It is not enough to know that a patient’s medical condition warrants an MRI. For most insurance companies, a diagnostic test of this sort requires what is known as a prior-authorization. But, the doctor saying the patient needs this test often fails. The insurance company has a certain guideline the patient must travel first before they will consider the test.

For example, a patient with back pain and numbness in one leg must first do and x-ray and go through physical therapy before the test will be covered. An x-ray is quite a useless test when you are looking for a herniated disc or spinal cord compression. But, the gods of coverage determination found that it is a cheaper test and you may just give up after that.  And, forcing a patient to endure a course of physical therapy with an undiagnosed condition can be not only ineffective but downright dangerous if there were to be some such condition as spinal cord compression present.

Another example is the “you must try these medications and fail first” before a prescribed medication may be authorized for use. It doesn’t matter if you have been on the same medication and it has worked well for you. Formulary changes don’t care about that. They also don’t consider the fact that forcing an asthmatic to switch inhalers of a diabetic to change medications can have untoward outcomes, even ending up in hospitalizations. What does a failure of a medication mean to the insurance company? You failed the cheaper version and they may now consider the medication you and your doctor think is the best. What does a failed trial of a medication mean to a patient? Weeks of pain and discomfort with possible harmful complications.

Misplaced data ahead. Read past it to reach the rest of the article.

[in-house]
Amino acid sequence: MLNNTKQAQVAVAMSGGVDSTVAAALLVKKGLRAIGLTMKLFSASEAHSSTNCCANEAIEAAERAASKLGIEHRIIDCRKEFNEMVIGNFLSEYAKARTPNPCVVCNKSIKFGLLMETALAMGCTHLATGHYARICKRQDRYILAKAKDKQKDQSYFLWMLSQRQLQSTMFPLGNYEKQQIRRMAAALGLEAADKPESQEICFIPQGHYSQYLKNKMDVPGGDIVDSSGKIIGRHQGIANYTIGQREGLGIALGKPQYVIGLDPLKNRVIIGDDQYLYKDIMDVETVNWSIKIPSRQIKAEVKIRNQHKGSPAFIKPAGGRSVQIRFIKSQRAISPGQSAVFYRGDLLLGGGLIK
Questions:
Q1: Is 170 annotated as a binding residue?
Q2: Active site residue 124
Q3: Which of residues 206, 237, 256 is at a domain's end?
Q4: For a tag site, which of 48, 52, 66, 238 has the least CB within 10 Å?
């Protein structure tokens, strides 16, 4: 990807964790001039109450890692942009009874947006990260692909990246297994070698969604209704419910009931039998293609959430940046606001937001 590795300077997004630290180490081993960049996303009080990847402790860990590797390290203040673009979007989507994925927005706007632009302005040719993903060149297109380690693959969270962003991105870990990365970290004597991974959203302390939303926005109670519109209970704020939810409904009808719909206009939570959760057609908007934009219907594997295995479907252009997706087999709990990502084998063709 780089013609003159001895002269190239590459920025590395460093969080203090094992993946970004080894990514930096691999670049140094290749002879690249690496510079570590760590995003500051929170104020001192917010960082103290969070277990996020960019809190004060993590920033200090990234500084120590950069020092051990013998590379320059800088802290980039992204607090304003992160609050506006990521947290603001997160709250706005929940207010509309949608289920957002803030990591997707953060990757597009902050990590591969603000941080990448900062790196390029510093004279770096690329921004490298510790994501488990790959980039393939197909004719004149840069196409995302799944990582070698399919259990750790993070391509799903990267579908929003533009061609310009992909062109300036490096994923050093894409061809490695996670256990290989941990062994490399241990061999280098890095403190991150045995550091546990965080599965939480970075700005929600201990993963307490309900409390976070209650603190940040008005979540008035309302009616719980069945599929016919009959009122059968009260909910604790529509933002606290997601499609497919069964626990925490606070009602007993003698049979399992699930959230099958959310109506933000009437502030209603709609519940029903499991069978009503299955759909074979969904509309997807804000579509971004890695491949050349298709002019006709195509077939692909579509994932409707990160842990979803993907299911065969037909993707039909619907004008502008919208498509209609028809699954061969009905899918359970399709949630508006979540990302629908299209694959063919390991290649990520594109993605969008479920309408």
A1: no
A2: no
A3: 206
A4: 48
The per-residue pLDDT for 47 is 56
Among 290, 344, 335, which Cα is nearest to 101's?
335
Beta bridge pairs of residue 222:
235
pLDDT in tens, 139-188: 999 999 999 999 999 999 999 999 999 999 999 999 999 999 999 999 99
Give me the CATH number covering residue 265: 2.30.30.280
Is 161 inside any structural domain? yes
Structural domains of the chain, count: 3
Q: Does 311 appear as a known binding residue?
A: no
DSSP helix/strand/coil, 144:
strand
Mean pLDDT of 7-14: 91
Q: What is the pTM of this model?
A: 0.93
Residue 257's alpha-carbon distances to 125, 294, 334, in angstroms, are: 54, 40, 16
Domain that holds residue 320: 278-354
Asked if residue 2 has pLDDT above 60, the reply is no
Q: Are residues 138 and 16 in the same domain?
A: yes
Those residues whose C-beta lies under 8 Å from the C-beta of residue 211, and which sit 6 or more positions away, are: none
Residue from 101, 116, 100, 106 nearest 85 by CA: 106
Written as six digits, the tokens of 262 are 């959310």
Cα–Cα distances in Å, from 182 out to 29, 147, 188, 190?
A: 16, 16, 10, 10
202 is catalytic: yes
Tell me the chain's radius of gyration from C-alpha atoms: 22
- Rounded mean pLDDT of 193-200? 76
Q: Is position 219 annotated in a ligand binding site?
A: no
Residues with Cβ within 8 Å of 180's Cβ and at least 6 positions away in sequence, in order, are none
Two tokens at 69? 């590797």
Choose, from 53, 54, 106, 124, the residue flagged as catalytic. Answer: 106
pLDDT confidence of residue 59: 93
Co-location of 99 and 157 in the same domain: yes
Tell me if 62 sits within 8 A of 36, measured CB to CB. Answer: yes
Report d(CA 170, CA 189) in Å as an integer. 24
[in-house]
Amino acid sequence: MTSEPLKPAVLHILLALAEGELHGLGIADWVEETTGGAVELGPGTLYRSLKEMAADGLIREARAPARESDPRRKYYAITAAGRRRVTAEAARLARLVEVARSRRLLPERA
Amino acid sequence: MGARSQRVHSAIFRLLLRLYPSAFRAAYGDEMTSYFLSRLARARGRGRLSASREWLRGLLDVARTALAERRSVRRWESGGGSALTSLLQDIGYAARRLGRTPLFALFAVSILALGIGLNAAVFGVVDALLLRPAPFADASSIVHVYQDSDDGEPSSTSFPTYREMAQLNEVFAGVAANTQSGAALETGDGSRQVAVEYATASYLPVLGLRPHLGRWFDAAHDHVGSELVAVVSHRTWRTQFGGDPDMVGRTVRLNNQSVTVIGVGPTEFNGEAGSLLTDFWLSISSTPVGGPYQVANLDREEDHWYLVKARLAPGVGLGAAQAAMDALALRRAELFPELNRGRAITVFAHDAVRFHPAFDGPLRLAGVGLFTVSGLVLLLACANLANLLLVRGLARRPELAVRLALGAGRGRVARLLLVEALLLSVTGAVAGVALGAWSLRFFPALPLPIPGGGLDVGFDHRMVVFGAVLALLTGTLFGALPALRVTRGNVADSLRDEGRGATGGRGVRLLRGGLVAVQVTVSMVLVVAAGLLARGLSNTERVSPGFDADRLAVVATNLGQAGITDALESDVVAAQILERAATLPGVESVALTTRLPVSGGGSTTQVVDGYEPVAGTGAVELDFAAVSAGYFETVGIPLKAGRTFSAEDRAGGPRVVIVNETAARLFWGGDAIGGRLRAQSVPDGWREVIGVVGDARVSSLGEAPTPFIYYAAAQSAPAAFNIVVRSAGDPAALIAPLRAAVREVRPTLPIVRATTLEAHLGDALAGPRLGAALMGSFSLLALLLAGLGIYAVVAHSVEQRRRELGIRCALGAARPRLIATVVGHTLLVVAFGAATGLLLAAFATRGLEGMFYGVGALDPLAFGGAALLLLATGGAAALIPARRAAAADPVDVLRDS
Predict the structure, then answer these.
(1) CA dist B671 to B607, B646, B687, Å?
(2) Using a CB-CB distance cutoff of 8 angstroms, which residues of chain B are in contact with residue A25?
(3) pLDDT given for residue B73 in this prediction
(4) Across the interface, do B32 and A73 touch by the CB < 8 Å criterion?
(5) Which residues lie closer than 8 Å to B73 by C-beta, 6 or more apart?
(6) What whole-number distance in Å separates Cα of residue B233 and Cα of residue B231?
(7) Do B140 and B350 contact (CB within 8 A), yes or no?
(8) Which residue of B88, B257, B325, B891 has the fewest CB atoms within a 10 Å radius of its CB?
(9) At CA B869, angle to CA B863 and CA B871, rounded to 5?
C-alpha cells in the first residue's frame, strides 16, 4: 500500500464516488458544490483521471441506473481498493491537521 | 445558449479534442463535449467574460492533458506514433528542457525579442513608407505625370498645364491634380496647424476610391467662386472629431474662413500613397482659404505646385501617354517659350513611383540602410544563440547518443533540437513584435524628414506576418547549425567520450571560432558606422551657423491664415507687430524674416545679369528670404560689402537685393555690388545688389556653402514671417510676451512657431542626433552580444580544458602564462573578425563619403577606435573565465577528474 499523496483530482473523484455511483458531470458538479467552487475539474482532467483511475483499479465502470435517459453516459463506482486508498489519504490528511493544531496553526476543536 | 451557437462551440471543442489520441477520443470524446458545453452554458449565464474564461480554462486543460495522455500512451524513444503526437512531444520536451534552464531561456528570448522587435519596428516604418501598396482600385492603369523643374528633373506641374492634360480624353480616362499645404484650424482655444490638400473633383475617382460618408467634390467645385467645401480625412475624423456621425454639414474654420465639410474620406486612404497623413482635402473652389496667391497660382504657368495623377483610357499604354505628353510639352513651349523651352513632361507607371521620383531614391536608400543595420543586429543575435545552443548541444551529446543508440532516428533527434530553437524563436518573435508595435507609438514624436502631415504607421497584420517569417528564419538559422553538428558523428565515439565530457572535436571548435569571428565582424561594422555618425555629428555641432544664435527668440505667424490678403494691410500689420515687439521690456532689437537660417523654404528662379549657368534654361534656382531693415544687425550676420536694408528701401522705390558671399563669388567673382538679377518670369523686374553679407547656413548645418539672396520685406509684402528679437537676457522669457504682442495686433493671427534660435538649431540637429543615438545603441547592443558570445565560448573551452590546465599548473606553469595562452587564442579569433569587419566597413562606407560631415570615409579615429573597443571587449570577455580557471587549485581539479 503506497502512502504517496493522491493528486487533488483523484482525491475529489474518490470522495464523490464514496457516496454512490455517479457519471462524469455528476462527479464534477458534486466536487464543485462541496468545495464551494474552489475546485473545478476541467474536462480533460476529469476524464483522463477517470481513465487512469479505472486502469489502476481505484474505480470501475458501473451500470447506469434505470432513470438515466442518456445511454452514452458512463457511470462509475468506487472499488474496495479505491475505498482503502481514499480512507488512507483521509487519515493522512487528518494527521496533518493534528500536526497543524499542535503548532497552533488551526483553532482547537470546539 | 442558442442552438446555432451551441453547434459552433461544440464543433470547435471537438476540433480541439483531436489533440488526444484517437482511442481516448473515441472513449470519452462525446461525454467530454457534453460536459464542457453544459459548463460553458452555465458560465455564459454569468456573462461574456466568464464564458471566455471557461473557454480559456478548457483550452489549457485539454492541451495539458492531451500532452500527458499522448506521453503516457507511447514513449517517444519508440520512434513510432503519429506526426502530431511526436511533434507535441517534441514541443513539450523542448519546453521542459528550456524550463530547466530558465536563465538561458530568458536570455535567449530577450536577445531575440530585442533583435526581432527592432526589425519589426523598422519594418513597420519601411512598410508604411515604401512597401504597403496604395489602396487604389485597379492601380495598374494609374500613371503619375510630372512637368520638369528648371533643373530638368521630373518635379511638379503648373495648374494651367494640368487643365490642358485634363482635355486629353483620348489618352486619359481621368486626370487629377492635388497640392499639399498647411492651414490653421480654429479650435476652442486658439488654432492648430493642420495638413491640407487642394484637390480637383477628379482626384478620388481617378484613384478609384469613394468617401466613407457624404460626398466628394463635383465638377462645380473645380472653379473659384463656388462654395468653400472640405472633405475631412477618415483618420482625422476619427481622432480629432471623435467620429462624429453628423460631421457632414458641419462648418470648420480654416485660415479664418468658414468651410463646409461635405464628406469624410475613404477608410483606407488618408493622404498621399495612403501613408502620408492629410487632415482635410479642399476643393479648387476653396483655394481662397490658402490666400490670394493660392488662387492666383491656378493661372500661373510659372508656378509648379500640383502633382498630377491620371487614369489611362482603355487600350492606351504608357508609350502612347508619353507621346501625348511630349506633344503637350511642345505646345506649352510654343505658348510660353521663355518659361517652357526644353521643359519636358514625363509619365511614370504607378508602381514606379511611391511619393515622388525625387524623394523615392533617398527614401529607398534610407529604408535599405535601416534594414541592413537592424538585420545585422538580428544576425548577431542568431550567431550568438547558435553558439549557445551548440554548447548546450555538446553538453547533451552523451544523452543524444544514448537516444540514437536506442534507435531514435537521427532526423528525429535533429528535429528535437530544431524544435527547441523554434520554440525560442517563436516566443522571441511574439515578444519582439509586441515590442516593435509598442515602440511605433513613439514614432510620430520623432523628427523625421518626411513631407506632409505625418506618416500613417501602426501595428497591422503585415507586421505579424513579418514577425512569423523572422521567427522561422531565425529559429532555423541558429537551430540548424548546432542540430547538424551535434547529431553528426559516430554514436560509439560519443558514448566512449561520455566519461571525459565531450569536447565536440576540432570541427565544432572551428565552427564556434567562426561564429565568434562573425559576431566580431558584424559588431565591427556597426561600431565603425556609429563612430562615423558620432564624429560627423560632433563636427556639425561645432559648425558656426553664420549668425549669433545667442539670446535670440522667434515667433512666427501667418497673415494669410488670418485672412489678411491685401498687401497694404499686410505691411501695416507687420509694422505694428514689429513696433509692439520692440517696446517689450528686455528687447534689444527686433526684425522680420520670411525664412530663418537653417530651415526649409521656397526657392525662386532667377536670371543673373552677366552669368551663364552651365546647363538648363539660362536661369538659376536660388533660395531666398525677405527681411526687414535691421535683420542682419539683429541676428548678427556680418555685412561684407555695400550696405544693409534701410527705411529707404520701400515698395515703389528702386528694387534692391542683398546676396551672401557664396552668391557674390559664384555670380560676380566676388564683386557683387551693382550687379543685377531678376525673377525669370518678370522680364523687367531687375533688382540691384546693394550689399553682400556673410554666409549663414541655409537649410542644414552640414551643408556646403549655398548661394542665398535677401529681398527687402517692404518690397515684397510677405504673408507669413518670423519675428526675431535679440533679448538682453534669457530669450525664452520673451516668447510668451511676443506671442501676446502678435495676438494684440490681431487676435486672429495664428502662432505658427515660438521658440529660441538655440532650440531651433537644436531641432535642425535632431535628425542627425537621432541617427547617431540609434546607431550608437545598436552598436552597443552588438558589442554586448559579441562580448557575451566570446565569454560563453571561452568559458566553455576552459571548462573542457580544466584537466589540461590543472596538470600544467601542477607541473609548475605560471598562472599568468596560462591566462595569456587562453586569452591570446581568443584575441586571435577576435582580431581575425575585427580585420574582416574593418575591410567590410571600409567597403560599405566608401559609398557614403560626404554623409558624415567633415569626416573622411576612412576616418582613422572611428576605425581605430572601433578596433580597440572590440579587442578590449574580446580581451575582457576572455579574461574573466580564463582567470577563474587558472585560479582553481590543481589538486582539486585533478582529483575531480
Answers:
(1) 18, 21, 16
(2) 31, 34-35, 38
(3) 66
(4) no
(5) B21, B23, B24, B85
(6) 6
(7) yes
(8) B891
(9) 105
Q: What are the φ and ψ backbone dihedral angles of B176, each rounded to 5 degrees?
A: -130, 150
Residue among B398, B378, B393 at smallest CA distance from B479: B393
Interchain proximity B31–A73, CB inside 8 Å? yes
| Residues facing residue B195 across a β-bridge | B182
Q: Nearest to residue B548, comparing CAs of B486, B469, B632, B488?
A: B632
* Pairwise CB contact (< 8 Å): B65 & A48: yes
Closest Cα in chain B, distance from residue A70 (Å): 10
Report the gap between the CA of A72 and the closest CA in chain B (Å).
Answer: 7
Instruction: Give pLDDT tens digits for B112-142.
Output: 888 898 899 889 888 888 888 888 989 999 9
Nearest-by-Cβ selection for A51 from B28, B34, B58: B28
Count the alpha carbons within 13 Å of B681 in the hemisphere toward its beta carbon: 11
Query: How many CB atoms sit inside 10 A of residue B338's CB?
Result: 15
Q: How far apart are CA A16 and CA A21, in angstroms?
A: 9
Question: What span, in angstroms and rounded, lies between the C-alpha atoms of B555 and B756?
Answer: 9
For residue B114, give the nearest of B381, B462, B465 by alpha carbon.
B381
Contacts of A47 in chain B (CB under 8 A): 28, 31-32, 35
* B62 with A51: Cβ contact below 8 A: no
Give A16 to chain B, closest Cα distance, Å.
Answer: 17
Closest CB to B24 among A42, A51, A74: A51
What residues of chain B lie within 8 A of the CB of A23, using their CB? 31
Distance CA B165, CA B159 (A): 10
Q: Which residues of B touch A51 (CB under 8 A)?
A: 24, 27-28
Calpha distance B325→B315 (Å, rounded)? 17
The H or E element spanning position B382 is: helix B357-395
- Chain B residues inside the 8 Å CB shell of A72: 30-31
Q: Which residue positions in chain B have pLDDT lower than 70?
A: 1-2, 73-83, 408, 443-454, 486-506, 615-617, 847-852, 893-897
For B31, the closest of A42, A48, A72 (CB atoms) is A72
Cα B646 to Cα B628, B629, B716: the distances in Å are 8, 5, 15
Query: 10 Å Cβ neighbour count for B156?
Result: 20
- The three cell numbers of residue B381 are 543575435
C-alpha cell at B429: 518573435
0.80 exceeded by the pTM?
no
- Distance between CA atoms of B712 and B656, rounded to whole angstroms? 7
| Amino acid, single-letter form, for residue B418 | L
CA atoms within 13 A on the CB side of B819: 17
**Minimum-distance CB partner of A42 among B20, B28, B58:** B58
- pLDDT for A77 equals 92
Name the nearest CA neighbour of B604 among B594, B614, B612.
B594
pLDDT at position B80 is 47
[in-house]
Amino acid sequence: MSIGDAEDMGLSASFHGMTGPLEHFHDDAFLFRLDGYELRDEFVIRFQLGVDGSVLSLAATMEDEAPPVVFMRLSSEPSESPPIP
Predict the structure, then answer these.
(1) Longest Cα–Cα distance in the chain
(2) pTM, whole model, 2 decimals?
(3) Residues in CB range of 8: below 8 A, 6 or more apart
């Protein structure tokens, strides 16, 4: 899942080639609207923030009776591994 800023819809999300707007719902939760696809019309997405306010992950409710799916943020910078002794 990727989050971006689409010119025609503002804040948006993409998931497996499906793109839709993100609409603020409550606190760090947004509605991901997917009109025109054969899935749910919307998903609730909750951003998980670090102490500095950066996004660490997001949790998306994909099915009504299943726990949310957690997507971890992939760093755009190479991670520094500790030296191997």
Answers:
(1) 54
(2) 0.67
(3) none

Many patients justifiably become upset when this happens to them. We file many appeals but it seems no one is listening. While we may win one victory, we are left with many defeats.

The maze of healthcare starts when one enters the system. there are all kinds of plans out there: HMO, PPO, POS, Medicare, Medicaid, and so on. Even within one specific type of plan, the coverage may vary in terms of deductibles, copays, what is covered, etc. There is no answer guide to explain what any of this means. Sure, the patient may receive a packet of benefits. But, it is still difficult to know what it means. A copay for a primary care is different for a specialist is different for an ER visit is different for a hospital visit is different for an ambulatory surgery center.

How to navigate the complicated healthcare system?

Education. The healthcare system is more complex than it ever has been but the best navigational tool for following the maze is education. Patients are becoming more empowered and this is as it should be. Knowing the treatment options help them make the best choices but they should also know their coverage. The best medication in the world is not going to work if the insurance doesn’t cover it and the patient can’t afford it. Many times I have found an insurance company denying coverage on a service they are contractually obligated to cover. This is why it is imperative for patients to know their plan.

Ask for help. The system is complicated even for healthcare professionals. But, they have been in the game for years and have much more experience. If a medication you need is not covered, there may be some routes to bypass this block in the road. Some pharmaceutical companies offer savings that bring the copay down to the lowest so that the copay is no different from generics. Ask!